Jump to main content
Jump to site search

Issue 2, 2018
Previous Article Next Article

Wearable sensors: modalities, challenges, and prospects

Author affiliations

Abstract

Wearable sensors have recently seen a large increase in both research and commercialization. However, success in wearable sensors has been a mix of both progress and setbacks. Most of commercial progress has been in smart adaptation of existing mechanical, electrical and optical methods of measuring the body. This adaptation has involved innovations in how to miniaturize sensing technologies, how to make them conformal and flexible, and in the development of companion software that increases the value of the measured data. However, chemical sensing modalities have experienced greater challenges in commercial adoption, especially for non-invasive chemical sensors. There have also been significant challenges in making significant fundamental improvements to existing mechanical, electrical, and optical sensing modalities, especially in improving their specificity of detection. Many of these challenges can be understood by appreciating the body's surface (skin) as more of an information barrier than as an information source. With a deeper understanding of the fundamental challenges faced for wearable sensors and of the state-of-the-art for wearable sensor technology, the roadmap becomes clearer for creating the next generation of innovations and breakthroughs.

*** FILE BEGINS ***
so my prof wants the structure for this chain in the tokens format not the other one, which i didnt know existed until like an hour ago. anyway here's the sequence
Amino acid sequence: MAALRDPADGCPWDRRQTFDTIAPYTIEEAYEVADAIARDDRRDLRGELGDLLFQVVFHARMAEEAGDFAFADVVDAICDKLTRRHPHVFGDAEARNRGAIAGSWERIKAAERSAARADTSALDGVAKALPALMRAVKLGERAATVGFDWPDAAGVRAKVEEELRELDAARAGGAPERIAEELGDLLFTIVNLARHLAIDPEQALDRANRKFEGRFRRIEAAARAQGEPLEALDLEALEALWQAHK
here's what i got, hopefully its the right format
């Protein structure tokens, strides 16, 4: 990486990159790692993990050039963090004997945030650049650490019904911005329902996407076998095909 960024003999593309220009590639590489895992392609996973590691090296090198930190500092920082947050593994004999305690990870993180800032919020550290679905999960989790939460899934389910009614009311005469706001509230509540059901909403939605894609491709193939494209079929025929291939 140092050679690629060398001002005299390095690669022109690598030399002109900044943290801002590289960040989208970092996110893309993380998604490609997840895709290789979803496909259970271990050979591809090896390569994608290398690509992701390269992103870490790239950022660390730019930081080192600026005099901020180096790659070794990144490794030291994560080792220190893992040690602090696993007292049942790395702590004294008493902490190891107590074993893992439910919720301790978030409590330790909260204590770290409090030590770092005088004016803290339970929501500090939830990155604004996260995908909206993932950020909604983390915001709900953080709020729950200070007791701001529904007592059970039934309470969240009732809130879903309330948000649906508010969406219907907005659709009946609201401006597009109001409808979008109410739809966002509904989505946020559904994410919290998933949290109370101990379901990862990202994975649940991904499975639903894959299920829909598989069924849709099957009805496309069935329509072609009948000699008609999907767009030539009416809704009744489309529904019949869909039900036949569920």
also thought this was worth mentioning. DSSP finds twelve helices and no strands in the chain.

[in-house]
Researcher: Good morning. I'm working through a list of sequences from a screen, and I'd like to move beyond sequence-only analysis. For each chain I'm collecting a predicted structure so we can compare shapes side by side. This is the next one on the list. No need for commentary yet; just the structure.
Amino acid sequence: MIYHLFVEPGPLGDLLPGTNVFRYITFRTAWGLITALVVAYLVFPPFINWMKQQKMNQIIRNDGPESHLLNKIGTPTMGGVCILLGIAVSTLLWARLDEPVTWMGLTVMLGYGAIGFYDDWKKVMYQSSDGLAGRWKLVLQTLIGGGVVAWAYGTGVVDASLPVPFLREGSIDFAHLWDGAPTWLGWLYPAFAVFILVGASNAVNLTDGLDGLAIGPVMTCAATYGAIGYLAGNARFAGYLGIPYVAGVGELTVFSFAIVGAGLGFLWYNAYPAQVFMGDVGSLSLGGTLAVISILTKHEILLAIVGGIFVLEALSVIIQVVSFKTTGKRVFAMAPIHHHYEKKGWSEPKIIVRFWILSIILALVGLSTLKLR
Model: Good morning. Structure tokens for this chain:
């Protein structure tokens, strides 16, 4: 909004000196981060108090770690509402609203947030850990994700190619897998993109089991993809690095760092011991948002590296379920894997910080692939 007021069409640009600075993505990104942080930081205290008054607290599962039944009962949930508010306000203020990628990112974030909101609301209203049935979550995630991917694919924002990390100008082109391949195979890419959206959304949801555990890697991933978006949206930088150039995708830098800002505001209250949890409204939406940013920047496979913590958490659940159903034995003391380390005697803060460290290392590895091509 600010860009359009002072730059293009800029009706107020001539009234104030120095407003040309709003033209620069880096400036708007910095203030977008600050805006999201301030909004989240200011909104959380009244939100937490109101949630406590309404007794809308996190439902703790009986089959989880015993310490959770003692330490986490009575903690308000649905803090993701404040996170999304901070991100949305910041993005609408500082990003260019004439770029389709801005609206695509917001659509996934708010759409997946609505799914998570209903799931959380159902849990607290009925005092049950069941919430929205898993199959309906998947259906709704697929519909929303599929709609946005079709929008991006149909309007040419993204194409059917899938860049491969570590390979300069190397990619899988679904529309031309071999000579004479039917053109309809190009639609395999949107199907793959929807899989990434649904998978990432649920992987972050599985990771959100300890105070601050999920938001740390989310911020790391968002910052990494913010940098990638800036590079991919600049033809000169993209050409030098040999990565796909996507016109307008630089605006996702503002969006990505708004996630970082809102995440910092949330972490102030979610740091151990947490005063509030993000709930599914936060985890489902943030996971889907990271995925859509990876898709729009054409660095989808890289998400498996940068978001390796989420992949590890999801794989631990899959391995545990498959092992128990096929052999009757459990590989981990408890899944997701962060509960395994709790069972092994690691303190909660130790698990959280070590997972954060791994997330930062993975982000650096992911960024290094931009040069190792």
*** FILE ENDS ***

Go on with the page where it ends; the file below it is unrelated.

Graphical abstract: Wearable sensors: modalities, challenges, and prospects

Back to tab navigation

Article information


Submitted
25 Aug 2017
Accepted
17 Oct 2017
First published
28 Nov 2017

This article is Open Access

Lab Chip, 2018,18, 217-248
Article type
Critical Review

Wearable sensors: modalities, challenges, and prospects

J. Heikenfeld, A. Jajack, J. Rogers, P. Gutruf, L. Tian, T. Pan, R. Li, M. Khine, J. Kim, J. Wang and J. Kim, Lab Chip, 2018, 18, 217
DOI: 10.1039/C7LC00914C

This article is licensed under a Creative Commons Attribution-NonCommercial 3.0 Unported Licence. Material from this article can be used in other publications provided that the correct acknowledgement is given with the reproduced material and it is not used for commercial purposes.

Reproduced material should be attributed as follows:

  • For reproduction of material from NJC:
    [Original citation] - Published by The Royal Society of Chemistry (RSC) on behalf of the Centre National de la Recherche Scientifique (CNRS) and the RSC.
  • For reproduction of material from PCCP:
    [Original citation] - Published by the PCCP Owner Societies.
  • For reproduction of material from PPS:
    [Original citation] - Published by The Royal Society of Chemistry (RSC) on behalf of the European Society for Photobiology, the European Photochemistry Association, and RSC.
  • For reproduction of material from all other RSC journals:
    [Original citation] - Published by The Royal Society of Chemistry.

Information about reproducing material from RSC articles with different licences is available on our Permission Requests page.


Social activity

Search articles by author

Spotlight

Advertisements